4
$\begingroup$

The Moon is revolving around the Earth and its centripetal acceleration is towards the Earth. Does it mean that the Moon is freely falling towards Earth? What is the cause of the Moon orbiting around Earth without falling towards it?

$\endgroup$
4
$\begingroup$

The Moon is freely falling toward Earth, like you say. But it is also moving "sideways" quite quickly, so that it "misses" Earth and passes to the side. And continues to freely fall, and again misses passing to the side. Doing this in a continuous manner is called orbiting (or flying).

To be a bit more technical, it is the angular momentum (and energy) of the Earth-Moon system that prevents a collision. The system "wants" to minimize its energy, which would be achieved by a collision, but angular momentum must be conserved. So the system does the best it can at constantly "trying" to collide, and orbits.

$\endgroup$
0
$\begingroup$

because both objects, the earth and the moon have their own unique gravity force due to their mass., there is a place between the two where gravity works independently that keeps the separated. the moon is not falling towards the earth. actually, from some research I've done. the moon is actually moving away from the earth by 1 1/2 inches a year.. not much really, but over billions of years its pretty dramatic

$\endgroup$
  • $\begingroup$ The Moon is accelerating towards the Earth at ~0.003m/s/s, and this acceleration is due to gravity. If "accelerating towards due to gravity" meets a definition of "falling", then yes, it's falling. This acceleration is always towards the Earth, and the Moon has a significant velocity relative to Earth, which results in the Moon taking a circular(ish) path. That the Moon is moving away from Earth is counterintuitive considering the "accelerating towards" aspect. The system is losing gravitational energy, which goes into causing tides on Earth, amongst other things. $\endgroup$ – The Geoff Mar 23 '17 at 18:18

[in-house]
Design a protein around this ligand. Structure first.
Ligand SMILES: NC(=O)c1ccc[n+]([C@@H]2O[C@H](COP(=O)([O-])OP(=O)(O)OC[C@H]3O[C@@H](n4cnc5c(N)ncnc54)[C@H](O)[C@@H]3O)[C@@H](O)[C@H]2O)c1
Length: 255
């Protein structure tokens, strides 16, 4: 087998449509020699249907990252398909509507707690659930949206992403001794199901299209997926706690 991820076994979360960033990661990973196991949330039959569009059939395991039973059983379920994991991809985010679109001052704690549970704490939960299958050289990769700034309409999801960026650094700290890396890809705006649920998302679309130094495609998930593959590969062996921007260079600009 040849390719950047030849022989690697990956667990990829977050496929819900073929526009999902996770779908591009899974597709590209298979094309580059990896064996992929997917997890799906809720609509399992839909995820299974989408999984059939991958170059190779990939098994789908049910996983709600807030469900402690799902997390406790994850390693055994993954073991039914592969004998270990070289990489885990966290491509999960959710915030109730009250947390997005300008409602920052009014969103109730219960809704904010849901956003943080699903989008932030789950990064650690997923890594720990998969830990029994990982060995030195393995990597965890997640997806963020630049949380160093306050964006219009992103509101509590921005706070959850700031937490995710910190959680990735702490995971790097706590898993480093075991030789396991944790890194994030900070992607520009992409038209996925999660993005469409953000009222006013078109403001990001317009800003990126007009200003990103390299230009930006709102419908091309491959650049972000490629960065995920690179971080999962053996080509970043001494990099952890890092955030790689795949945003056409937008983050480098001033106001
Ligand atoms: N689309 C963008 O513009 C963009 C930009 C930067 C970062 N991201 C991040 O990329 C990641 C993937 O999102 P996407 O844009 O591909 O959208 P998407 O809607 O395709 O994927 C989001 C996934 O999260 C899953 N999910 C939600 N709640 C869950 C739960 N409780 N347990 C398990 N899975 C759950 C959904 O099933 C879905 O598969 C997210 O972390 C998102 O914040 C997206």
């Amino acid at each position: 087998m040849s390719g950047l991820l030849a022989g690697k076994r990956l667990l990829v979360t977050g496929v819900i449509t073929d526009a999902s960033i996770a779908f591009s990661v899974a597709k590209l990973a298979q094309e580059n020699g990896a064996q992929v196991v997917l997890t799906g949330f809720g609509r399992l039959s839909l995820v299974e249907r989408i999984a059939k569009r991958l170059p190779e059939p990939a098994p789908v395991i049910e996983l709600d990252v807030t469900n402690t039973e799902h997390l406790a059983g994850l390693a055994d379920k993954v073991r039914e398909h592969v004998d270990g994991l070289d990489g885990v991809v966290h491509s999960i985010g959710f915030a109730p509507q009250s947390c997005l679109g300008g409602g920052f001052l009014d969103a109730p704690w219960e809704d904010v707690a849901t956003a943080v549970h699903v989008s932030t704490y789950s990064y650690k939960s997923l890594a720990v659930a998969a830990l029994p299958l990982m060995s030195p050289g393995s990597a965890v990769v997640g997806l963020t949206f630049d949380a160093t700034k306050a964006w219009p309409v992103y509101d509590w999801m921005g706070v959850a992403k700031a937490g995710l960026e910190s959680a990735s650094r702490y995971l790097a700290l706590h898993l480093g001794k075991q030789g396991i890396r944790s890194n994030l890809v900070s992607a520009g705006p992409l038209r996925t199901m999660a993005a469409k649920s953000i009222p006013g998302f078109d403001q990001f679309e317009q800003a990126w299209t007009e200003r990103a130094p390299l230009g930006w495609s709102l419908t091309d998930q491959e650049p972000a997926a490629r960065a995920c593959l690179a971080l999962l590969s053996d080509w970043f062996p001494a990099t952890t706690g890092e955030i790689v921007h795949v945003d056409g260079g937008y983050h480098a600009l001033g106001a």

0
$\begingroup$

Almost freely falling. Because you can't exclude the gravitational force by other planets on it.

What do you think of centripetal force and falling? You are associating falling because you are very accustomed to such things. But falling is solely due to an external force acted on to attract towards body, so in simple circular motion when you rotate a stone tied to a thread it does come towards though a force of tension is acting on it because direction of motion is defined by velocity not acceleration or force and change in direction of motion is associated with force which is what is done on the moon and its velocity never comes in direction of force and since this force is always attracting body towards it so its direction will be along a line passing through Earth but velocity never comes in its direction so moon never falls.

$\endgroup$

Not the answer you're looking for? Browse other questions tagged or ask your own question.